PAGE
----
In his seven years in Beijing, New Jersey native Andy Horowitz has always been his own boss; his last business endeavor was trading in semi-precious stones. The leap to craft sausages seems like a big one, especially since he grew up kosher and didn’t used to eat pork. However, it all falls into place after you learn about Horowitz’s love for cooking and how his mother wrote cookbooks for a living.
The story starts in 2012, when Horowitz made sausages with his friend Stephen Shaver for a barbecue. Guests raved about their creations and wanted to know where to buy them. After making sausages by request for dinners and barbecues, Horowitz invested a few hundred dollars in some equipment and founded Andy’s Sausages.
Over the last two years, Horowitz’ business has grown from a meat grinder, sausage stuffer, and bowl mixer on his living room TV stand to a central kitchen, where he manufactures sausages up to five days a week. With organic sausages in the works and plans to offer Thanksgiving and Christmas meals, business is in full swing.
Currently, there are eight sausages on offer. The flavors stay true to classic recipes but with a bit of a twist. “Some sausages just taste like one thing and that to me is not interesting. When you’re eating something, [you want]to taste everything that’s in there,” he says.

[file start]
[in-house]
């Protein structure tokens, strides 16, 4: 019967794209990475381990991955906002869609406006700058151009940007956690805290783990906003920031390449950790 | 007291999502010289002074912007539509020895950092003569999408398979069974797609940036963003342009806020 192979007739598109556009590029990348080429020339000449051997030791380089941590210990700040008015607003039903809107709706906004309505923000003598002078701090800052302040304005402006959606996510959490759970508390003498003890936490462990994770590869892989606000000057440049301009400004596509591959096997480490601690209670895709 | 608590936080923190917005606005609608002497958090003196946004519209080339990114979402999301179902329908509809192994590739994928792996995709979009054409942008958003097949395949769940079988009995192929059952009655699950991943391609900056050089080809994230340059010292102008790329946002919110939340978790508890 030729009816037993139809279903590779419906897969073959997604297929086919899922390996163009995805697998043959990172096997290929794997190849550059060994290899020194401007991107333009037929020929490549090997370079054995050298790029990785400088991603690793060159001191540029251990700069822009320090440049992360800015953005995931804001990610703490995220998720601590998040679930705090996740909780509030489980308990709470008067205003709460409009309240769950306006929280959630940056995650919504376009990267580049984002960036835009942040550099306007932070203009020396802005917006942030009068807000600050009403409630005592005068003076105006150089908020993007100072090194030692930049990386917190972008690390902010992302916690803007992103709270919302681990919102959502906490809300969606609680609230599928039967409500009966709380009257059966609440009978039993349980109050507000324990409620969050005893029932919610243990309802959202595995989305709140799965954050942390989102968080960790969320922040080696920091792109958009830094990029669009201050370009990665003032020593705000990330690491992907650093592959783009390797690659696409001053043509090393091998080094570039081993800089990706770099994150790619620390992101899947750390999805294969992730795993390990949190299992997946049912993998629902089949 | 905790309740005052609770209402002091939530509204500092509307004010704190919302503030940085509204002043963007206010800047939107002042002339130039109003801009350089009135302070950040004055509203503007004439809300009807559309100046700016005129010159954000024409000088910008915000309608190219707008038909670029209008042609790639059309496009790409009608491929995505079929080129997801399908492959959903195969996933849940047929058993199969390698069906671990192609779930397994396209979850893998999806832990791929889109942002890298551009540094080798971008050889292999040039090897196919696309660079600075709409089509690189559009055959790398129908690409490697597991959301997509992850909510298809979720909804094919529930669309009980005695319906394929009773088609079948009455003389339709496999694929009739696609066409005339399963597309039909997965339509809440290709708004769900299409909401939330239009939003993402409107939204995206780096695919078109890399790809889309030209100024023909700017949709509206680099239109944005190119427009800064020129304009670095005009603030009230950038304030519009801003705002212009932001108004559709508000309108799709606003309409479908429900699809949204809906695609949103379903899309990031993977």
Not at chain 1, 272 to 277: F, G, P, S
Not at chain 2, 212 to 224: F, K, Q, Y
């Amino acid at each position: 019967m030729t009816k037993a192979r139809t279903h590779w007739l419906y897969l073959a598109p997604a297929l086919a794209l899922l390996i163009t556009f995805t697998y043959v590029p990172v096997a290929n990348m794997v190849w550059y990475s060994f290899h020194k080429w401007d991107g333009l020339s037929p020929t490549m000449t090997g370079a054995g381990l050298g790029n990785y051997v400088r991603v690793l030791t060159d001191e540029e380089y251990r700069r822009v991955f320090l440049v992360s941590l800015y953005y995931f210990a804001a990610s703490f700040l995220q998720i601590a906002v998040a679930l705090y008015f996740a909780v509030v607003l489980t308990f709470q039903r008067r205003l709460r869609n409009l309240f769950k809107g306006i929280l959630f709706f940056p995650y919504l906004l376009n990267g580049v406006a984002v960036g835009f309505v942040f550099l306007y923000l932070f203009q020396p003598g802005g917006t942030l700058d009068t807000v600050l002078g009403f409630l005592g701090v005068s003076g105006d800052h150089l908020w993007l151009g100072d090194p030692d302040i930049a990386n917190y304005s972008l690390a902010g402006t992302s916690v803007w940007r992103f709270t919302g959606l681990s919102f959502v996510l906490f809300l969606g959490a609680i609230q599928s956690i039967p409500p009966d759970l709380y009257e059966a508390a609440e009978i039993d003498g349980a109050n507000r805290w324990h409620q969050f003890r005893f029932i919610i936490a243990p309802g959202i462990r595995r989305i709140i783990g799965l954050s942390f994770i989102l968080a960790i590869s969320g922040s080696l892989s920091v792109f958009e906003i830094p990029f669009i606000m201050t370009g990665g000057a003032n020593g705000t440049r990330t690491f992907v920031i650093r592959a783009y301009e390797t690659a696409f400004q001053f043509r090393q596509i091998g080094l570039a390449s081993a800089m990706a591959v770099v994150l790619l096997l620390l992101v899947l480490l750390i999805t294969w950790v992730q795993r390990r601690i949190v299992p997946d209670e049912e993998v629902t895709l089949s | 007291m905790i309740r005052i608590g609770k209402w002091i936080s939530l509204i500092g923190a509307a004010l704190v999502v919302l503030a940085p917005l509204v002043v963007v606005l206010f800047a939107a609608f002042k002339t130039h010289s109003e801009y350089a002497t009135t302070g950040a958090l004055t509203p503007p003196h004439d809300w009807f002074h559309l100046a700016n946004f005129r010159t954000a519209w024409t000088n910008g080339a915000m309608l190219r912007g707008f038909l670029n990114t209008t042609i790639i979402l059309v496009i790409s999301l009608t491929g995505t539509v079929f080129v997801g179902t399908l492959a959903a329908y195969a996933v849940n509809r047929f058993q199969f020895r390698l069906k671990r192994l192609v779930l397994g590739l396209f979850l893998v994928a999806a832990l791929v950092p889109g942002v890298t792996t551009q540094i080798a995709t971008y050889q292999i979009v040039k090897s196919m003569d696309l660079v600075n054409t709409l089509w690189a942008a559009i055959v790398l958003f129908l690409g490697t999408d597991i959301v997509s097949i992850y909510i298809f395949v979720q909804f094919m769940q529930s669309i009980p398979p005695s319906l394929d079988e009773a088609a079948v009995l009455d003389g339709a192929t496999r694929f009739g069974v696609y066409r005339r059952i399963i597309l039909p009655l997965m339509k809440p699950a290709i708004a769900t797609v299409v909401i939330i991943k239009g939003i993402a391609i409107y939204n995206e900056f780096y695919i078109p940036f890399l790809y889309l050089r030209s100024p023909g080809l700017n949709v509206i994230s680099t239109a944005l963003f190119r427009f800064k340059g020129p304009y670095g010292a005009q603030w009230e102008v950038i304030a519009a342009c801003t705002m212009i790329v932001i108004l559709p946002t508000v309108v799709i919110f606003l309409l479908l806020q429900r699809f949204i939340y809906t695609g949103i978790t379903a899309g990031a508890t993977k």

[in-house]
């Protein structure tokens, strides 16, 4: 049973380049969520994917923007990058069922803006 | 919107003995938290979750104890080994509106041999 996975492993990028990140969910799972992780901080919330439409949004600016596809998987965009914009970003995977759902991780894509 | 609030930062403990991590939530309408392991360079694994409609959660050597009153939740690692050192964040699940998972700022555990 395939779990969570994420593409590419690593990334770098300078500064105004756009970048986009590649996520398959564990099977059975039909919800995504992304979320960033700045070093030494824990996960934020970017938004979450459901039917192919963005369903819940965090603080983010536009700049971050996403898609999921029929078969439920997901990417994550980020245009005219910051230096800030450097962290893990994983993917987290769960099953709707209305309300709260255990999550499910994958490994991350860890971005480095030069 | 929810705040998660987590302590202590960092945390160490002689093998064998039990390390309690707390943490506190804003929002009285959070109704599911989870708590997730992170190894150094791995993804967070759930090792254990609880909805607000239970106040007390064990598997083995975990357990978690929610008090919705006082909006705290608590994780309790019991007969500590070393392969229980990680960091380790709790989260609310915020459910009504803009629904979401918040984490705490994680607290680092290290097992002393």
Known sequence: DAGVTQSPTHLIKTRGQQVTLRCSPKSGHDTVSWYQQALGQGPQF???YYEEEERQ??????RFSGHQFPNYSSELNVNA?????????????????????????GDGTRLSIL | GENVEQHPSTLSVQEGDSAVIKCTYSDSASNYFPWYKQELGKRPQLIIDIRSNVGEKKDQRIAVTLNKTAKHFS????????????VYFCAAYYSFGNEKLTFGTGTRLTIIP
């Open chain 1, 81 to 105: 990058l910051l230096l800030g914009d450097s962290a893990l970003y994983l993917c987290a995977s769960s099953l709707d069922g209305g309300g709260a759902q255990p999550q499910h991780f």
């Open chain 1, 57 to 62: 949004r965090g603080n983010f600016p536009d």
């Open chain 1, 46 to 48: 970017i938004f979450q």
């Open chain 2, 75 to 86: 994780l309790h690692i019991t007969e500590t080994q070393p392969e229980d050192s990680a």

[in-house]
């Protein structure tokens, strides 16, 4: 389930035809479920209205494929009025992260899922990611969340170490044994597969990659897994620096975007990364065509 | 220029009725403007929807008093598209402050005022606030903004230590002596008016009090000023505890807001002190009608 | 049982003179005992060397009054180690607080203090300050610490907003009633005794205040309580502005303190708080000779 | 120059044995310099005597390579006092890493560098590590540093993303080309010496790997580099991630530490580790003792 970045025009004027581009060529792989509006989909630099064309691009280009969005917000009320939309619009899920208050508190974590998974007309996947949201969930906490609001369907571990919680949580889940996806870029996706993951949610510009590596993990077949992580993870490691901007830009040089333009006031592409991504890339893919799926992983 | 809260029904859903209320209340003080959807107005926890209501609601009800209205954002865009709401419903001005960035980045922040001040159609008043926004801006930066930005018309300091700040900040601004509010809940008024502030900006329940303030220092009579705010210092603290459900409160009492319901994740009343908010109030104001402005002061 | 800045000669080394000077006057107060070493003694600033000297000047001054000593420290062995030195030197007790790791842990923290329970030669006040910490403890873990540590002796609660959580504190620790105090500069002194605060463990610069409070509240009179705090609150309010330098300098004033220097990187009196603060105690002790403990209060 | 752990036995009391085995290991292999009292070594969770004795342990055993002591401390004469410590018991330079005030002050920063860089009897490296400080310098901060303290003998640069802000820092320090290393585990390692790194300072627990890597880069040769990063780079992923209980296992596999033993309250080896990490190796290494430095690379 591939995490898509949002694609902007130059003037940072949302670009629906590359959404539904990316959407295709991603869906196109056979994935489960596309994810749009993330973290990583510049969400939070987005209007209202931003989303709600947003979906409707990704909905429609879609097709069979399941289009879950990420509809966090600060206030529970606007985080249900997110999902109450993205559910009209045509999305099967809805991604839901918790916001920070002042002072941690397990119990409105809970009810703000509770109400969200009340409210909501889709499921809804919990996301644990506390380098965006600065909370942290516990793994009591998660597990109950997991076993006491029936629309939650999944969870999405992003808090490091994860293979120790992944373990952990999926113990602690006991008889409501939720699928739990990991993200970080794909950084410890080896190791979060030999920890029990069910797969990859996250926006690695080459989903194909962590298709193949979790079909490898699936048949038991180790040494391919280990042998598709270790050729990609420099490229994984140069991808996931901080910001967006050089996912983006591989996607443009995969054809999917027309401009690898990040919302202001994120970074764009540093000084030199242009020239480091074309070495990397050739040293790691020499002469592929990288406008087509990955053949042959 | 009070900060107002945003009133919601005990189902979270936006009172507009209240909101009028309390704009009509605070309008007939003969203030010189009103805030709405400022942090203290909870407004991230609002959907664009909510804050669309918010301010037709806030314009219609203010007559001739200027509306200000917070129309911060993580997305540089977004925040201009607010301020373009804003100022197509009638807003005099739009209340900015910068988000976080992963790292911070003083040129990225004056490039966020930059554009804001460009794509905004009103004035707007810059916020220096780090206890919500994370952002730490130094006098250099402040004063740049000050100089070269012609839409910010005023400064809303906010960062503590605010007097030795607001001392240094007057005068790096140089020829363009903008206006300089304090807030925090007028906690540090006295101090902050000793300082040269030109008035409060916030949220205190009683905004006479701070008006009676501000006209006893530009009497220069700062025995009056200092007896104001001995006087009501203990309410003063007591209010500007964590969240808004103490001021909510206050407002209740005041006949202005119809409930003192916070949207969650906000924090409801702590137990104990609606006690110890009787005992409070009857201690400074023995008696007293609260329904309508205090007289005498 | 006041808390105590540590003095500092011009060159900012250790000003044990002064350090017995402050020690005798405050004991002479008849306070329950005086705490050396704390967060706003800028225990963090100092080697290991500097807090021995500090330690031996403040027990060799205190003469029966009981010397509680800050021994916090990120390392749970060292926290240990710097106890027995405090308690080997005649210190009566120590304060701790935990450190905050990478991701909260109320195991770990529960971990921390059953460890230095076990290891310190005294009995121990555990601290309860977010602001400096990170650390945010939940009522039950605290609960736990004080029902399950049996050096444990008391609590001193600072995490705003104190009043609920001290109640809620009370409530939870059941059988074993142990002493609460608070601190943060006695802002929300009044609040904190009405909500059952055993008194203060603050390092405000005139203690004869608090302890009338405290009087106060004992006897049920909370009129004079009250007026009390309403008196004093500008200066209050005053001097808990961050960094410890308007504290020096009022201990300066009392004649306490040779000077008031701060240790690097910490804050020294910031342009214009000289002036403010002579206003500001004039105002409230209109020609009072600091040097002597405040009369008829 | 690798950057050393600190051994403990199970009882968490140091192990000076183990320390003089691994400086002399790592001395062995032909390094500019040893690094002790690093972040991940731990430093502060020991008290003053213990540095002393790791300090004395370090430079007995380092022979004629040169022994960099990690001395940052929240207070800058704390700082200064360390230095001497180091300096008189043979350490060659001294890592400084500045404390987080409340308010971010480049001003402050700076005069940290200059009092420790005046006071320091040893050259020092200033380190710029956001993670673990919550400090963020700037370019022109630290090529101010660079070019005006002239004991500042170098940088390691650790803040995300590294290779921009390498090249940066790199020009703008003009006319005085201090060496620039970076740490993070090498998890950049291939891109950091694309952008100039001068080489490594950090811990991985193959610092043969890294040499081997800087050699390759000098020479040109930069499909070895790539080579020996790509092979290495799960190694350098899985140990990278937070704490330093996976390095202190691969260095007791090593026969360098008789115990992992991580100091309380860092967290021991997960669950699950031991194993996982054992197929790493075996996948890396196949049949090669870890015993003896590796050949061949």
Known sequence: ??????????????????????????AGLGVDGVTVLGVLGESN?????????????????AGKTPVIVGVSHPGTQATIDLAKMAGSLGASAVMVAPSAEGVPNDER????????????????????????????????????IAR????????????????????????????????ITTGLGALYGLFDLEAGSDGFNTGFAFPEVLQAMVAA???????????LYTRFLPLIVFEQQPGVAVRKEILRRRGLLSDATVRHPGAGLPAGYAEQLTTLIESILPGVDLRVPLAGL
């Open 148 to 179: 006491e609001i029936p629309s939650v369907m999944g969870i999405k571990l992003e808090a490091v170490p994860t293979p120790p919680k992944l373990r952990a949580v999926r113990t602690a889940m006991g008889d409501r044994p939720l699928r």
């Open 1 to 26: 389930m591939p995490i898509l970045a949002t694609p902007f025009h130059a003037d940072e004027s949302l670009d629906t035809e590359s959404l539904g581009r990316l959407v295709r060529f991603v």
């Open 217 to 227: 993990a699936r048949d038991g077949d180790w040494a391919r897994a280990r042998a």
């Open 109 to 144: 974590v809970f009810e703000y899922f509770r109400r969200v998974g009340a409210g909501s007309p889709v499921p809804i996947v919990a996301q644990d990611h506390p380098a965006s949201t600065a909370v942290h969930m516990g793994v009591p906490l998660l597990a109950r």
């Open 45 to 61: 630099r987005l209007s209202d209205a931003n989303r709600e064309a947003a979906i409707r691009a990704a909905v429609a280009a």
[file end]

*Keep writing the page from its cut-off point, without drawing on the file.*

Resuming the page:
Andy’s Spicy Italian, Lincolnshire Sage, and Cheese Bratwurst sausages (RMB 150/kg) are the best sellers. While the Italian has a bit more of a kick, the other two are popular with families. Horowitz estimates that 80 percent of his customers are expats with kids because they’re the ones who are most concerned with what they eat.
To ensure food safety, Horowitz avoids wet markets and sources raw meat from Metro, a German wholesale chain that uses the Star Farm traceability system. Metro also uses a system called HAACP (Hazard Analysis and Critical Control Points), which monitors food during the production process and enforces high standards for food handling, temperature, and hygiene.
Apart from sourcing, most of Horowitz’s time is occupied by the making, packaging, and delivering of sausages. Deliveries are mostly done within the city, but customers can also arrange a time and place to pick up their order from Horowitz. He’ll show up in his bubble car (nicknamed the “Hamborghini”) to deliver the sausages.
You can also buy sausages by the kilo at Tavalin Bagels on the west side of Yashow Market or try them out at Grinders and Unconditional Love in Shuangjing. If you’re cooking them from frozen, Horowitz suggests poaching the sausages first, then pan-frying them for best results.
Place your order by visiting www.beijingsausages.com or emailing email@example.com. You can also call Horowitz at 131 2147 1669 or add him on WeChat at beijingsausages.
This article originally appeared on p18 in the November 2014 issue of beijingkids. To view it online for free, click here. To find out how you can obtain your own copy, email firstname.lastname@example.org.
Photos: Courtesy of Andy’s Sausages